As for the material acquired by the Mercantile Library it is enjoying a better, if still tenuous, fate. Their Tomlinson material was stamped
Tomlinson Collection – Deposited by
Mercantile Library Association
So in theory their material can be traced. In the Rare Book Hub Transaction Database 19 items with this mark have surfaced, the first in 1947 and the most recent a month ago at Freeman’s. Mr. Tomlinson sold his collection to the Mercantile Library for a reported but not yet substantiated $5,000. A single letter, signed by John Adams, Richard Henry Lee, signer of the Declaration of Independence from Virginia, and Henry Laurens, then President of the Continental Congress, brought $17,500.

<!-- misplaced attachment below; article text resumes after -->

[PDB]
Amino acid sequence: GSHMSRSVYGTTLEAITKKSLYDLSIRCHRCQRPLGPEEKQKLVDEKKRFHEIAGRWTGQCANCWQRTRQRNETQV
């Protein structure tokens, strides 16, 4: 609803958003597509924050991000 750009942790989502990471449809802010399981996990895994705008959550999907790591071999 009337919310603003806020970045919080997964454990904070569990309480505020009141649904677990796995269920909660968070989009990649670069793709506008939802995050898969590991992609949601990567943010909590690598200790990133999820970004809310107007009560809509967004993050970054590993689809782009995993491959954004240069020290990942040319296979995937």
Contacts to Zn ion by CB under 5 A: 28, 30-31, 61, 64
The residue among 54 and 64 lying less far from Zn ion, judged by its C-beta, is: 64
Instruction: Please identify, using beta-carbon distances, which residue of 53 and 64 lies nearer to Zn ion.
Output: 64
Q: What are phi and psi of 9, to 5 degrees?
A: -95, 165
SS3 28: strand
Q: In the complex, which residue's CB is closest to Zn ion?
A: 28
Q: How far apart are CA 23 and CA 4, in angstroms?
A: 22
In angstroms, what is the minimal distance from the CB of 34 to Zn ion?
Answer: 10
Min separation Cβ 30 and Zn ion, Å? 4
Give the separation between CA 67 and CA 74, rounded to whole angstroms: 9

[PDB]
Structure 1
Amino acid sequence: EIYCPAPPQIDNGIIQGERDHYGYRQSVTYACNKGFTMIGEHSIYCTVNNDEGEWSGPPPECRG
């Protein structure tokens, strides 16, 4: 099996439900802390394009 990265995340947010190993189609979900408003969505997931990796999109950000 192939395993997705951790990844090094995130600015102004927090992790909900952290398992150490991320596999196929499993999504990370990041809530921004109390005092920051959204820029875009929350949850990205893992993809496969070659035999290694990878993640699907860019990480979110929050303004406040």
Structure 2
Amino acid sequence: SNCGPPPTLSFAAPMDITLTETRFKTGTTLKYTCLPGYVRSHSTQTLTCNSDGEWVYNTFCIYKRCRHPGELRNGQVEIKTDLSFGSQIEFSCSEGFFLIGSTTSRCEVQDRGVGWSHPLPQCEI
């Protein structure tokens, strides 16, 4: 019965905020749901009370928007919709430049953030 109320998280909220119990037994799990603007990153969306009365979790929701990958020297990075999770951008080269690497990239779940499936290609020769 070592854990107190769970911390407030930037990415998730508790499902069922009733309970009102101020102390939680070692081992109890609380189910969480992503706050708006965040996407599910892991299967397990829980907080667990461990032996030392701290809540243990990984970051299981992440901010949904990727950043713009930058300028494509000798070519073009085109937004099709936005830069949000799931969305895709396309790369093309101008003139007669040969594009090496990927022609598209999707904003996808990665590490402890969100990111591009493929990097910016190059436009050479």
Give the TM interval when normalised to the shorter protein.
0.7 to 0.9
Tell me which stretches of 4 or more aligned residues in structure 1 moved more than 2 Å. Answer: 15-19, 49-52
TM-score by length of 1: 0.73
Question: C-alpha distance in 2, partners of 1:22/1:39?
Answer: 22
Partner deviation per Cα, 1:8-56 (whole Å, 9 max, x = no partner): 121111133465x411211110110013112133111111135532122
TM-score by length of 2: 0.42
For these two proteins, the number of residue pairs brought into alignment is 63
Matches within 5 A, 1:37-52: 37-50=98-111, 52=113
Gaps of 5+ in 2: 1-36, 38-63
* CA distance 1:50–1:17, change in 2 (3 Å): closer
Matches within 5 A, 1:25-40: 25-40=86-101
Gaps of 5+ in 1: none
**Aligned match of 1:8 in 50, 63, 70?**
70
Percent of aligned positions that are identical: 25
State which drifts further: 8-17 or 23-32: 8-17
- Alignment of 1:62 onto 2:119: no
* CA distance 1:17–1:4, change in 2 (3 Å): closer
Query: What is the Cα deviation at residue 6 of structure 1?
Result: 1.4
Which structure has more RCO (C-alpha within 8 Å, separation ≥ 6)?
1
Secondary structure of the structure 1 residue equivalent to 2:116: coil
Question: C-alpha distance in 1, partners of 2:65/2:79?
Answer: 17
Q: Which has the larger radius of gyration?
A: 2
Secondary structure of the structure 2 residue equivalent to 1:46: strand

There are also reports that the New York Historical Society and possibly the Morgan Library have material with the Tomlinson association. In time we’ll know much more but as the story is now some 160 years old, we can be patient.
As to the signed for inventory left with the Astor Library I remain interested in the collection’s whereabouts for if any of it is still in their hands I have a receipt to present.
NB. I have an early written comparison between material at Washington’s Headquarters and the inventory detailed in Mr. Tomlinson’s book, The Military Journals, that confirms at least 25 items were transferred by Tomlinson to them.
The internet and databases will fill in the pieces.